Now, go into any borough like Stockport, or Bolton, or any other neighbouring borough; give me the names of the large employers of labourers, and I will tell you the politics of the men employed by these capitalists, by knowing the politics of the capitalists themselves. Nine-tenths of them in ordinary circumstances vote with their masters. Why is that? Is there any mesmerism, or any mysterious affinity which should make men think the same as those who happen to pay them their wages? No; it is from an influence, seen or unseen, occult or visible, I don't care which, but it is an influence which operates upon the mind of the labouring class. But they have a right to a vote without any such restriction, or any such coercion. I want the ballot to protect everybody in their votes from the influence of everybody else. I want it as a protection against landlords, manufacturers, millowners, priests, or customers; and I for one would look upon any Reform Bill—I don't hesitate here to declare it—as nothing than delusive, that does not comprise the ballot; and I don't call myself, and never will own myself, as a member of any political party, the heads of which set themselves absolutely in opposition to the ballot.


Now, other questions admit of modification, and other difficulties also admit of being surmounted by electoral bodies themselves, and their representatives, without going to Parliament at all. For instance, though the Parliament won't give a vote to a man, there's a way by which some men may get a vote without going to Parliament to pray for it. Though you don't get triennial Parliaments, there's a way by which constituents can arrange with their representatives, as is often done, and make a bargain with them that they will come every year to give an account of themselves, and to receive their re-election. So with the question of the redistribution of the franchise. Well, we all know that that is a question, after all, so vague, that a greater or a less degree of adjustment may be pleaded as meeting our demands, and I don't see how you can lay hold of any defined principle by which you can secure a fair and equal re-adjustment of the representation; but when I come to the ballot, it is something ay or no; you have the whole thing, or you have nothing; and you cannot get it without an Act of Parliament. And I say, I take my stand upon the ballot as a test of the sincerity of those who profess to lead what is called the Liberal party in this country.


Now I, once for all, beg to state that, according to my opinion, settled now for three or four years, ever since the passing of the repeal of the Corn-laws, when parties were all broken up, I have never considered that we had a political party in this country, nor a Whig or a Liberal party: we have had a Free-trade party to fight for and maintain the Free-trade victory; that party is as much a Sir Robert Peel party as a Whig party; but I have always thought that the necessities of parties, and the difficulties of carrying on business in the House of Commons, for want of a party organisation, is no longer to be rendered necessary, and that as the time must come, and come speedily, when everybody would admit that Free Trade was a matter of history, and no longer to be made a bugbear for maintaining this or that party in the ascendant; so the time must come when there must be a reconstruction of parties, and that there should be now a bid made to the country, by which there could be a reconstruction of what is called the Liberal party. Well, now, I once for all state that, not recognising the bonds of party in any way, since the time of the passing of the Corn Law Bill,—feeling that I as much belonged to Sir James Graham's party as I did to Lord John Russell's party from that moment, I wanted to see where there would be a flag hung out that would warrant me in ranging myself under that organisation, without adding the gross imposture of pretending to belong to a party, when I knew there was no bond of union or sympathy existing between us.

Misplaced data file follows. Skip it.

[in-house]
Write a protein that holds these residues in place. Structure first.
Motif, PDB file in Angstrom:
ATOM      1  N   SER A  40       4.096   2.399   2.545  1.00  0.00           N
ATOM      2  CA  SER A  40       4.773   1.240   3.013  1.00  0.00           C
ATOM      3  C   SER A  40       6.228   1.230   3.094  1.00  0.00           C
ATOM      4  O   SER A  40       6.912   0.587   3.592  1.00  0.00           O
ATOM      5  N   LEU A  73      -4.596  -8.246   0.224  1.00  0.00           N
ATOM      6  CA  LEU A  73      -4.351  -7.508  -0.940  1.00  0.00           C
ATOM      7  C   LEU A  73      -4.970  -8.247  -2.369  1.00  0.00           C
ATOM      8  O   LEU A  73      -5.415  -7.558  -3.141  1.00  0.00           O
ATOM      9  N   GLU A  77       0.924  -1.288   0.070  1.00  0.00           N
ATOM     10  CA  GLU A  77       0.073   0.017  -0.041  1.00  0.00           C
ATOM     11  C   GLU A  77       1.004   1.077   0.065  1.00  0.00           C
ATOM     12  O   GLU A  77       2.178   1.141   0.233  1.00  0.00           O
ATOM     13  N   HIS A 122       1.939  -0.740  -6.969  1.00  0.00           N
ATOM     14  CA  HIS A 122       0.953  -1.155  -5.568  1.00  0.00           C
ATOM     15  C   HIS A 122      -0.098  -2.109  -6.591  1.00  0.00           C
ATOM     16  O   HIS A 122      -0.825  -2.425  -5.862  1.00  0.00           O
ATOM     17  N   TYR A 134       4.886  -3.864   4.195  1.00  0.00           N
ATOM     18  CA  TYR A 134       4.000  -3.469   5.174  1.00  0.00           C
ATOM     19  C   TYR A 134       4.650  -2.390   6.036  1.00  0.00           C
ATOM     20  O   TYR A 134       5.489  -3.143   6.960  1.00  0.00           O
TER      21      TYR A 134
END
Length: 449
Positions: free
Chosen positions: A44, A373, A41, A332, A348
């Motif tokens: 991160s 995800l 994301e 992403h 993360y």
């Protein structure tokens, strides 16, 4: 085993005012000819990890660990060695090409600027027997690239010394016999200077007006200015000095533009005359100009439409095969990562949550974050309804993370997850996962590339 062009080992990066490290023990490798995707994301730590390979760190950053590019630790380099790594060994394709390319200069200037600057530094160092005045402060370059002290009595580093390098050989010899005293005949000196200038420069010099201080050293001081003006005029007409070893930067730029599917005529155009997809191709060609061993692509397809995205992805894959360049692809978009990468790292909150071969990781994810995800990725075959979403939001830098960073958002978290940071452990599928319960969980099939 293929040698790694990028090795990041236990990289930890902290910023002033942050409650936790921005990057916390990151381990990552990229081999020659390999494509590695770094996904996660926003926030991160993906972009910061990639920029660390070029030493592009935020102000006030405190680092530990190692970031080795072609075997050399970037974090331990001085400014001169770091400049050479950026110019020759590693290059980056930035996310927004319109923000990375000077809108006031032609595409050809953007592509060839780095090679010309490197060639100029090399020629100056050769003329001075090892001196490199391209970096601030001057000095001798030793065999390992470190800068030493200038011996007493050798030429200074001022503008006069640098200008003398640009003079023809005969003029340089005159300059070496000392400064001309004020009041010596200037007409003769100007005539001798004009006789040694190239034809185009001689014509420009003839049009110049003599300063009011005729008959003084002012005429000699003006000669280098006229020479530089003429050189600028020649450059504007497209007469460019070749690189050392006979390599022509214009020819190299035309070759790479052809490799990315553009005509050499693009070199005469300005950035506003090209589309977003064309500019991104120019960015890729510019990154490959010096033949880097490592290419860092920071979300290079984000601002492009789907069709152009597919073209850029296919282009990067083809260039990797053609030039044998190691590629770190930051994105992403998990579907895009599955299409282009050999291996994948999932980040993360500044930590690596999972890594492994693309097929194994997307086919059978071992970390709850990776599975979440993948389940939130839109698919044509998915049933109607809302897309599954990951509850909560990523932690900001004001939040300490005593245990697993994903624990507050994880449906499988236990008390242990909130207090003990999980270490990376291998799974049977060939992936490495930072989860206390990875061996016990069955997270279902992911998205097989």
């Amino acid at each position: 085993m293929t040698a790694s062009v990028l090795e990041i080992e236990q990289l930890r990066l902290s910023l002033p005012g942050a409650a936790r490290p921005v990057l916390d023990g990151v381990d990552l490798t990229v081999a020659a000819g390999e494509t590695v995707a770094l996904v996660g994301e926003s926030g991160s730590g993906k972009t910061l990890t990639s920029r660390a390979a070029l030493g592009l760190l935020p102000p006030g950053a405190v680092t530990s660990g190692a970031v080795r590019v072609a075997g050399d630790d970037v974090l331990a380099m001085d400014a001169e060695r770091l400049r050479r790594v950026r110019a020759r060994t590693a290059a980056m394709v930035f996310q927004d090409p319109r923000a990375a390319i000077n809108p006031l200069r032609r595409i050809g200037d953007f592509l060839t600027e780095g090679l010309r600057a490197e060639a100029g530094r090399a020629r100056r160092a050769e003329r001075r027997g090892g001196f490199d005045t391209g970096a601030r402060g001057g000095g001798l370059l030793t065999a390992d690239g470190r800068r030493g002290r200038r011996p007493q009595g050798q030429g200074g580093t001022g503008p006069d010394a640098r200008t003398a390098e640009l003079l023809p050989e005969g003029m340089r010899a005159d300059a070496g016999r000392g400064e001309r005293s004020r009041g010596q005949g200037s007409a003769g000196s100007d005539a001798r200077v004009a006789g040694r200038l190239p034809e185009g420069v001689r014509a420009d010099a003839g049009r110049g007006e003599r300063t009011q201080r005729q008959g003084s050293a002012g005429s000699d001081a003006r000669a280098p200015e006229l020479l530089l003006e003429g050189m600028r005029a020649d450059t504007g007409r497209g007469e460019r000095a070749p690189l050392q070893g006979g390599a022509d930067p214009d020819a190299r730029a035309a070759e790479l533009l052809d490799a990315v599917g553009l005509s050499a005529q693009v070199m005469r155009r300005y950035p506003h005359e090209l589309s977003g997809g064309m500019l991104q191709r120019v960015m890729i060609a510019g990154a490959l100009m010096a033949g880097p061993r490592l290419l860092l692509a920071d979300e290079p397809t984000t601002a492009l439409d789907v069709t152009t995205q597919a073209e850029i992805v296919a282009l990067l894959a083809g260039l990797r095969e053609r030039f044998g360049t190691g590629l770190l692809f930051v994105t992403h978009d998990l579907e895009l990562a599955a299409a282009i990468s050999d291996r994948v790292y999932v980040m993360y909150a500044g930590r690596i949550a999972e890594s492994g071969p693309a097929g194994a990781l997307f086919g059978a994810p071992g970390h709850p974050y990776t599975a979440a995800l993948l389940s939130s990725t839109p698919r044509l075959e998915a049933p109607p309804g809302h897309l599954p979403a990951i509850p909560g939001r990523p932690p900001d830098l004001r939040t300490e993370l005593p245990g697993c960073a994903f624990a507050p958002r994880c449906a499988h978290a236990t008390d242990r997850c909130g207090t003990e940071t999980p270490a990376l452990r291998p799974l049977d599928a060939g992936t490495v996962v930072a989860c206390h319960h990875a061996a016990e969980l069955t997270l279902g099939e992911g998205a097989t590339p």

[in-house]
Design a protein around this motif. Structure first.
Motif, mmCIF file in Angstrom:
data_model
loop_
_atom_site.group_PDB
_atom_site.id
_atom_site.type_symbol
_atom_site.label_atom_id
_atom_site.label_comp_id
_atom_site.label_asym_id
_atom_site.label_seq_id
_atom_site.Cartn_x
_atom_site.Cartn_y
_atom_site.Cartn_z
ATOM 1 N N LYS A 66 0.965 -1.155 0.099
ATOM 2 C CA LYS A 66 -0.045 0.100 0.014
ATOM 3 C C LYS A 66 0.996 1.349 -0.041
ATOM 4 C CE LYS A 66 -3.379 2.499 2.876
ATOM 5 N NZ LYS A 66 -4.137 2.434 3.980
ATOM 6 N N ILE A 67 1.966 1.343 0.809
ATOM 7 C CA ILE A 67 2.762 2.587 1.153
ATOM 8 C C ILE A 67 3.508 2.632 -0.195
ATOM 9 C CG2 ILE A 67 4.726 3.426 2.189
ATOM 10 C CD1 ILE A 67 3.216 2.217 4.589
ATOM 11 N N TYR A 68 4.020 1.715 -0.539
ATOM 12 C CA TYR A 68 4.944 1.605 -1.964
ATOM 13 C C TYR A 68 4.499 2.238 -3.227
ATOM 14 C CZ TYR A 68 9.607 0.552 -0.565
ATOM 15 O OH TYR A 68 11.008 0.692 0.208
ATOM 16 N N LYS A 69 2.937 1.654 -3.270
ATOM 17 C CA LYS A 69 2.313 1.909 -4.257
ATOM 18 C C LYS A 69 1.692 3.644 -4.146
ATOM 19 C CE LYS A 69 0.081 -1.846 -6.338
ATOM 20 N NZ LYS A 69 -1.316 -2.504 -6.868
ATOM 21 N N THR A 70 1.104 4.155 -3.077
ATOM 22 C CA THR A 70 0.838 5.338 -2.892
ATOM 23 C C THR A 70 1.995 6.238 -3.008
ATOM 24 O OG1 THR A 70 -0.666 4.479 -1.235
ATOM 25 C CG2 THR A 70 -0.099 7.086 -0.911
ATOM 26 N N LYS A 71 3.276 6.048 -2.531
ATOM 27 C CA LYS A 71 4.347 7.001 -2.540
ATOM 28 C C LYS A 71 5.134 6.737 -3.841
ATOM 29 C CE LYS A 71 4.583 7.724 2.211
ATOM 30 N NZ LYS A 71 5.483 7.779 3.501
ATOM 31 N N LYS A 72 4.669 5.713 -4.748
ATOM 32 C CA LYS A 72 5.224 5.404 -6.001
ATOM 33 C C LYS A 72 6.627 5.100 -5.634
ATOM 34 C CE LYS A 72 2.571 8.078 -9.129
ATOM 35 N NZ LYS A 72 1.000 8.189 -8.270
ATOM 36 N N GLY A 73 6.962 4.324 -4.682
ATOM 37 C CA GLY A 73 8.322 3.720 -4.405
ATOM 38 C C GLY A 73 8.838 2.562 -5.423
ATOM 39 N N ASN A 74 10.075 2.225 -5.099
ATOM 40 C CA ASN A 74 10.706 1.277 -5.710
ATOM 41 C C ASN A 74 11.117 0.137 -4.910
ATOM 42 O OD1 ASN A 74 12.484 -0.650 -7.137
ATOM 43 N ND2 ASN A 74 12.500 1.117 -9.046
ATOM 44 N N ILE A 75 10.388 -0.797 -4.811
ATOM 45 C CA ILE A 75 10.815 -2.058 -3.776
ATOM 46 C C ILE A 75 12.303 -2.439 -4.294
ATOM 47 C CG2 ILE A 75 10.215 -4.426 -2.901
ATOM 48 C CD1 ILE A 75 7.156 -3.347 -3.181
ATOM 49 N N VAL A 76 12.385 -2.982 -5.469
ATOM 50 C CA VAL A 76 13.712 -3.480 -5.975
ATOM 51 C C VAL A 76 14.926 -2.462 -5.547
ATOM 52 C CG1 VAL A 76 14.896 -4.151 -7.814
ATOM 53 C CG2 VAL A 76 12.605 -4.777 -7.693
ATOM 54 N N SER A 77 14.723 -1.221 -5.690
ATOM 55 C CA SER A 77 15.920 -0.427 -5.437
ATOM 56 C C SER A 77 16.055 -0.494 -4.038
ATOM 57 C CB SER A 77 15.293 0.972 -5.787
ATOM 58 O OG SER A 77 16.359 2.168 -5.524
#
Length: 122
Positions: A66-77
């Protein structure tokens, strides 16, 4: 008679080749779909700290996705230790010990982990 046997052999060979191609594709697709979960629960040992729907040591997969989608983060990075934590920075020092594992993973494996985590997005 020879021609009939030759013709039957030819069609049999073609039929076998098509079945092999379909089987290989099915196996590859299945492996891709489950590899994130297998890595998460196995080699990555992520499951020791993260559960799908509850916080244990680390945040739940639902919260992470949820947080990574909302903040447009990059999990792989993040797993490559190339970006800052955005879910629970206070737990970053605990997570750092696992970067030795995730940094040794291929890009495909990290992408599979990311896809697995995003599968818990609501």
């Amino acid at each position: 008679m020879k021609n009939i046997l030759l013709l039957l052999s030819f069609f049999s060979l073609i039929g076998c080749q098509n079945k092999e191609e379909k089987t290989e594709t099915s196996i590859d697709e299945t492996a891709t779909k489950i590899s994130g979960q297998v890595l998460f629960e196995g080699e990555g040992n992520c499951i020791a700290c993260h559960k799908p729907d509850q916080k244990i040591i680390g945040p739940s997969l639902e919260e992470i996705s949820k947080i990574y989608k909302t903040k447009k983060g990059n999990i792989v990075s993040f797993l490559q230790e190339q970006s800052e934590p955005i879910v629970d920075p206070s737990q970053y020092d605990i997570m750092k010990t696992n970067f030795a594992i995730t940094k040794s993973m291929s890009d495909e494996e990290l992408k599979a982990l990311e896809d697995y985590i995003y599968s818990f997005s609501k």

Now, I say, I take the ballot as one test, and it is the smallest test I will accept, of the identity of any political party with myself and my opinions. And I say more, that if any body of statesmen attempt to carry a Reform measure, and launch it on the country with the idea of raising such an amount of enthusiasm as shall enable them to pass such a measure; and if they think that the constituencies will allow that Ministry to leave the ballot out of it, they are under a very gross delusion, and don't know what they're about. In fact it is more palpable every day and every hour, that what the people have fixed their minds upon as one of the points in the new Reform Bill, is the ballot. Why, listen with what acclamation the very word was mentioned here;—there was a perfect unanimity in the Conference this morning, amongst the men who met from all parts of Lancashire and Yorkshire, upon the subject; and I venture to say, that if you take what is called the Liberal party in this country,—that party which is reckoned upon by your Reform Ministry as a support to them in carrying any measure of reform in the House of Commons, I have no hesitation in saying, that nine-tenths of that party are in favour of the ballot; and that being the case, there being a greater unanimity out of doors amongst the Liberal party upon the ballot than on any other question, I say it would be the most absurd, and most inconceivably unreasonable thing on the part of the leaders of that so-called Liberal party, to think that that which constitutes the greatest bond of union amongst the party, should be left out in the programme of their Reform Bill.